Illinois lawyers make progress on lawsuit against Syngenta - WSIL-TV 3 Southern Illinois

Illinois lawyers make progress on lawsuit against Syngenta

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WILLIAMSON COUNTY -- Lawyers have made progress in taking a major seed company to trial, over claims it misled hundreds of Illinois farmers.

"It could be approaching a billion dollars in damage to the American farmers," said Mark Prince, a Marion-based attorney who is helping represent the farmers.

Williamson County judges are set to try hundreds of damage cases against Syngenta, a major global seed distributor based in Switzerland. Prosecutors accuse the company of selling genetically modified corn seed to Illinois farmers in 2013 that was not approved by China, a major corn importer.

Between 2013 and 2014, China rejected tons of corn exported by Illinois farmers who had purchased an unapproved seed strain distributed by Syngenta. They accuse the company of selling the seed knowing China wouldn't accept it.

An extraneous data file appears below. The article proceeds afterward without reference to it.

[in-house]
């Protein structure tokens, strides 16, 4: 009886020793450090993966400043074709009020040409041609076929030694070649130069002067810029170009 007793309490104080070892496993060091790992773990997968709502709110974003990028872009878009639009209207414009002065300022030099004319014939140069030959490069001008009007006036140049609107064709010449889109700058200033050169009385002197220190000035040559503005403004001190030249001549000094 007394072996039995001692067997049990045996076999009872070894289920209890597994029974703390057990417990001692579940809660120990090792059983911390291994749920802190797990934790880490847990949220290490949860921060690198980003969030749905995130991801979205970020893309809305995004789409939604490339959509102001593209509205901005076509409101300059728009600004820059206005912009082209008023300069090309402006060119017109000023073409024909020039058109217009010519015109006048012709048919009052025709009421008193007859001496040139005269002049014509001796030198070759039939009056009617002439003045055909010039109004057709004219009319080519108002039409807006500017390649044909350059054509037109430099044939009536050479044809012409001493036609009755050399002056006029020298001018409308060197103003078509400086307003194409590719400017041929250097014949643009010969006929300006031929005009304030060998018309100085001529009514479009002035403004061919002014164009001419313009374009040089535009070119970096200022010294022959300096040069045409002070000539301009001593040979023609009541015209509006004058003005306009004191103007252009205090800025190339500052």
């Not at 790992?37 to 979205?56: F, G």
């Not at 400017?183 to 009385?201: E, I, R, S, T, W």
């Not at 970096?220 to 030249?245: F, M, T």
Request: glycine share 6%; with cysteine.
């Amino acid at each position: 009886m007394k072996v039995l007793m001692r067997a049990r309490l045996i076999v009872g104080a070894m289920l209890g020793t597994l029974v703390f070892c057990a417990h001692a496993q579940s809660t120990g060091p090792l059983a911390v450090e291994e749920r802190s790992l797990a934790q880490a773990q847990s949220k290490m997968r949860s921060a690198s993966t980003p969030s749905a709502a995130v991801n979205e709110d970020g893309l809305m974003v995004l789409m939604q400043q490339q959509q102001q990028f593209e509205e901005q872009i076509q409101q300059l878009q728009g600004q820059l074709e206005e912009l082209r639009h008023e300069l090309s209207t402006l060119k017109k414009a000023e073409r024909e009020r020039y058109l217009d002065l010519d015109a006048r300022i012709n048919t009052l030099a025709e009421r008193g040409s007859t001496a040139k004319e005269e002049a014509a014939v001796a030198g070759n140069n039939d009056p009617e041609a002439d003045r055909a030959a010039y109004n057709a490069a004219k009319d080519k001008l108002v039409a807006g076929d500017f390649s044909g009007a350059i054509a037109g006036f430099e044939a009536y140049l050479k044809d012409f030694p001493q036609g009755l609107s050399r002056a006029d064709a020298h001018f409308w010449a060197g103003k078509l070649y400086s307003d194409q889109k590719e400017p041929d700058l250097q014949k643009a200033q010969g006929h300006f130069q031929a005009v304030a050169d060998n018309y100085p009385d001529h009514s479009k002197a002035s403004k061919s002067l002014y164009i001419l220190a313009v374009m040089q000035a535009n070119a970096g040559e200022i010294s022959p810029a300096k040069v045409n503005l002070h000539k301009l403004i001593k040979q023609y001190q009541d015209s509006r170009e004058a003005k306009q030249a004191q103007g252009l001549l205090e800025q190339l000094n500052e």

Many corn farmers in southern Illinois say they are still struggling to recover from the hefty profit losses.

"It's a struggle for many of them just to keep their farms running," Prince said.

Several farmers voiced their concern during a meeting about the Syngenta lawsuit in Mt. Vernon last March.

"It obviously had an impact on my profit potential," said John Brink, a corn farmer in Richview.

The State Supreme Court recently ruled that judges in Williamson County will hear the cases against Syngenta, something Prince calls a victory for farmers.

"This is a rural county. They understand the trials and tribulations our farmers go through," Prince said.

Prince hopes trials will start by the end of this year.

A spokesperson for Syngenta issued a statement to News 3, claiming the lawsuits have no merit and that the corn seed strains in question were sold in full compliance with legal requirements.

Syngenta representatives argue data from the U.S. Department of Agriculture shows the commodity price of corn declined before China's reported rejection of U.S. Corn in November 2013.

Lawyers like Prince, disagree.

"It doesn't take a rocket scientist to figure out the deep deep impact it has had on our farmers, and you know, our farmers work hard," Prince said.

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